In Lieu of Favors
Leave a lasting impression on your wedding guests
As you’re planning your wedding, you’ll be faced with countless decisions, both big and small. One of the smaller, but still important, decisions is whether or not to give wedding favors to your guests and, if you do, what those favors should be.
It’s estimated that couples spend an average of $450—roughly $3 or $5 per person—on wedding favors. Even if you have a more intimate wedding with 50 or fewer guests, the costs of favors could still add up to a few hundred dollars. Of course, today’s couples are more inclined to spend their wedding budget on gifts or favors that are more meaningful versus monogrammed candies or trinkets that may end up being tossed at the end of the night. So, what should that meaningful gift be? We have corralled a list of ideas that will leave a lasting impression on your wedding guests.
Weddings a few decades ago were much more simple affairs. Family members would gather in a church or reception hall, enjoy cake and punch, and then leave to go about their everyday lives. Today, with so many guests traveling in from out of town, weddings are much more of an event—they’re even seen as an excuse for a reunion of friends or family. Because of that, a couple may find themselves hosting a handful of gatherings in the week leading up to their wedding—from brunch to parties that last well into the night.
If you have a lot of guests traveling in from out of town, consider focusing your budget on hosting these less formal gatherings ahead of your wedding. They’ll be gifted with fun, food, and times with their oldest pals, and you’ll be gifted with wedding week memories that’ll stand the test of time.
Similarly, with guests traveling in from out of town, or even if you’re hosting a destination wedding, consider a gift-filled welcome bag rather than a traditional wedding favor. If you’ve secured a block of rooms through a hotel, coordinate with them to have welcome bags ready and waiting for your guests once they check in.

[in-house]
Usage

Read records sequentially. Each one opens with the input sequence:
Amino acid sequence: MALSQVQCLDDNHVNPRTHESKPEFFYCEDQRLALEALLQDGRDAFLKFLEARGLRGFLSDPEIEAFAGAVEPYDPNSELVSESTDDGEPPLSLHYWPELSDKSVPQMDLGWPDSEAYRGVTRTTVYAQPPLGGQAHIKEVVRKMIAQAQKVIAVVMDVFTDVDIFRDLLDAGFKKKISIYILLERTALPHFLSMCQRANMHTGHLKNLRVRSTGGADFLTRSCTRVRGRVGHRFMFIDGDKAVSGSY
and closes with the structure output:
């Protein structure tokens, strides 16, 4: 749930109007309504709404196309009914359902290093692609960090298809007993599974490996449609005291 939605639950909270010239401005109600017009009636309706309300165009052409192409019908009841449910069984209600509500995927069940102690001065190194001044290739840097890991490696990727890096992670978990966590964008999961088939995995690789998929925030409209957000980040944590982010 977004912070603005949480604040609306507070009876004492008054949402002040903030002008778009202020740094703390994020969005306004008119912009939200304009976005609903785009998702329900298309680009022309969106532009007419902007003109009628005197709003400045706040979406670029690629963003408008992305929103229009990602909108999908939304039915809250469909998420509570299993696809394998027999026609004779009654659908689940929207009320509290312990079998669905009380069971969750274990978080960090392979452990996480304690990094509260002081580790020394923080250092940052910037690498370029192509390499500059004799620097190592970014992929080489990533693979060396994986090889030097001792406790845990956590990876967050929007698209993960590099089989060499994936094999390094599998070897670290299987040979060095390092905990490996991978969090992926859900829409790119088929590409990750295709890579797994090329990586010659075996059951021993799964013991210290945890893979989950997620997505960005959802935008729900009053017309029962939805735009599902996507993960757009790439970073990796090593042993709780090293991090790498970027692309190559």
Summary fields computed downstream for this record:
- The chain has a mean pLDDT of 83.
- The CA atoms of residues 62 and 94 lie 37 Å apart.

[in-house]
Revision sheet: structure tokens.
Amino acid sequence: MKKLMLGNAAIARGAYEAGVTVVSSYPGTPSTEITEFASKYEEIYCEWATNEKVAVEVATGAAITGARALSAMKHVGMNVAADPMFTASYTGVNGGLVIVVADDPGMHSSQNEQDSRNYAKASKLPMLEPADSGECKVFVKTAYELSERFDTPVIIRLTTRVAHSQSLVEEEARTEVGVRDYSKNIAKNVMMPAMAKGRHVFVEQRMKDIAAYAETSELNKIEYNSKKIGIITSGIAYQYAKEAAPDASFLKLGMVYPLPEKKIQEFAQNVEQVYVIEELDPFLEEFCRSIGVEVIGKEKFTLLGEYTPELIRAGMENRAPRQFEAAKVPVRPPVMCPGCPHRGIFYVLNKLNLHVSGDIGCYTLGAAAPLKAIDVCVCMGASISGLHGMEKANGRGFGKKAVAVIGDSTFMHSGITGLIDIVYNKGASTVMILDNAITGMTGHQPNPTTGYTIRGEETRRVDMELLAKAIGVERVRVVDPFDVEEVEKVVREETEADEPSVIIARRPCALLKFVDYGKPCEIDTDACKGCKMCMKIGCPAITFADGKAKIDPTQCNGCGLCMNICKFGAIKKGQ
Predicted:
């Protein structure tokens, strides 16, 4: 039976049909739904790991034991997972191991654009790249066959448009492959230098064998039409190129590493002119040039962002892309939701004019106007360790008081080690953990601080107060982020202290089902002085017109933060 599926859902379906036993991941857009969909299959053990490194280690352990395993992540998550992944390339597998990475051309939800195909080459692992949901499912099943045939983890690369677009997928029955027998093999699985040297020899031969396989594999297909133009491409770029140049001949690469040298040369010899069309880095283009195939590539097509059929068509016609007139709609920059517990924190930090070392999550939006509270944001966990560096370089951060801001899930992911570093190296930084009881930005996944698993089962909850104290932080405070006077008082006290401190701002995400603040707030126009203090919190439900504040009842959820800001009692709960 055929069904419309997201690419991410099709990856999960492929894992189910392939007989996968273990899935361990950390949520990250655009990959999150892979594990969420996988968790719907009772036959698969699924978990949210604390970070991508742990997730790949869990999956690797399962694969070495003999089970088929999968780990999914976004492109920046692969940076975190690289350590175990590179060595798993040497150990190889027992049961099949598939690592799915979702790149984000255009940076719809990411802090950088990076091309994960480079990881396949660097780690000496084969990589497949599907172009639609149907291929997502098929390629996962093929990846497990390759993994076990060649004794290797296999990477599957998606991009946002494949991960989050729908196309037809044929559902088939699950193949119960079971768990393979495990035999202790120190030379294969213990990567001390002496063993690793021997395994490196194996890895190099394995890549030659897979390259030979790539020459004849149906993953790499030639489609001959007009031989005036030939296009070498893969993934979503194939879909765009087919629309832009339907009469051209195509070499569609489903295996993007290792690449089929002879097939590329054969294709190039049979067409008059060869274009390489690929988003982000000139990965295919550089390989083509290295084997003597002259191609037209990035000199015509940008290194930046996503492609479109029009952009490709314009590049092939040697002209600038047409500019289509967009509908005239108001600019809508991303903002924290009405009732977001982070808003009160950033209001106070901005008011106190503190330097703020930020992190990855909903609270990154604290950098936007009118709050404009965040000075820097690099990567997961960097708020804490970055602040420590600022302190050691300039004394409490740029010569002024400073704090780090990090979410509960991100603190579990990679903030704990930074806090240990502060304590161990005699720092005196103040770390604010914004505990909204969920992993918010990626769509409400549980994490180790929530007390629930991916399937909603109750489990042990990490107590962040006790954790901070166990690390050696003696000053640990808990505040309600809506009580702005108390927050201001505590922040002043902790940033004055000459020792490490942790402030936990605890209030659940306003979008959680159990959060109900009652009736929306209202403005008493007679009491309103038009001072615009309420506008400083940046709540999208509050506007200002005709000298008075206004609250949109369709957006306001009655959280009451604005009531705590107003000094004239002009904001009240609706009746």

Fill the bag with a welcome note, a bottle of local wine, and a box of bagels or donuts from a local bakery. It may also be helpful to include a map or reference guide of nearby restaurants, activities, and attractions for guests to enjoy while you’re off prepping for the big day. If you have families traveling in from out of town with little ones, intentionally include daytime activity ideas that even your youngest wedding guests will enjoy.
Rather than a personalized koozie with your wedding details—though those are fun too!—consider giving your guests something that is a bit more temporary but still as enjoyable. If your caterer or wedding cake baker is known for a particular food or treat, talk with them about whipping up bite sized or transportable versions of that food that your guests can take home with them at the end of the night. Or bottle up some delicious local honey or a tea blend that guests can use with their breakfast the following morning. A takeaway table filled with bags of popcorn, chocolate chip cookies, or salty pretzels will be a welcome treat after a night of dancing or imbibing.
Make It Personal
If you and your new spouse are plant lovers, wine enthusiasts, or avid board gamers, consider giving your guests a gift that aligns with your hobbies and interests. Gift them a succulent for their home, wine for their table, or a unique deck of playing cards. Who knows? Maybe you’ll teach them a thing or two and will have some new friends join in on your hobby!
For a no-waste gift that’s both thoughtful and personal, consider skipping a tangible gift altogether and make a donation to a charity or local non-profit that is important to both of you as a couple.
If your wedding takes place in an art gallery, for example, set up a donation to a local non-profit art center. If you both are animal lovers, consider making your donation to a local rescue center or rehabilitation farm. Talk about the causes that you’re passionate about and choose one that particularly aligns with your values. You could also talk with a local food bank to see if they could use any of your untouched leftover food or ingredients at the end of the night.
Include the donation information on your wedding website, day-of program, or at the bottom of your dinner menu.
What to Remember
As you’re pouring over every last detail ahead of your wedding day, it’s important to remember that your guests are attending your wedding because they love you both and are eager to support this next chapter in your relationship. Of course, if they’re going through the effort and expense of attending your wedding and giving you gifts, they should feel equally as appreciated by you as a couple. However, that appreciation will be more meaningful if they’re given a gift that is personal and intentional.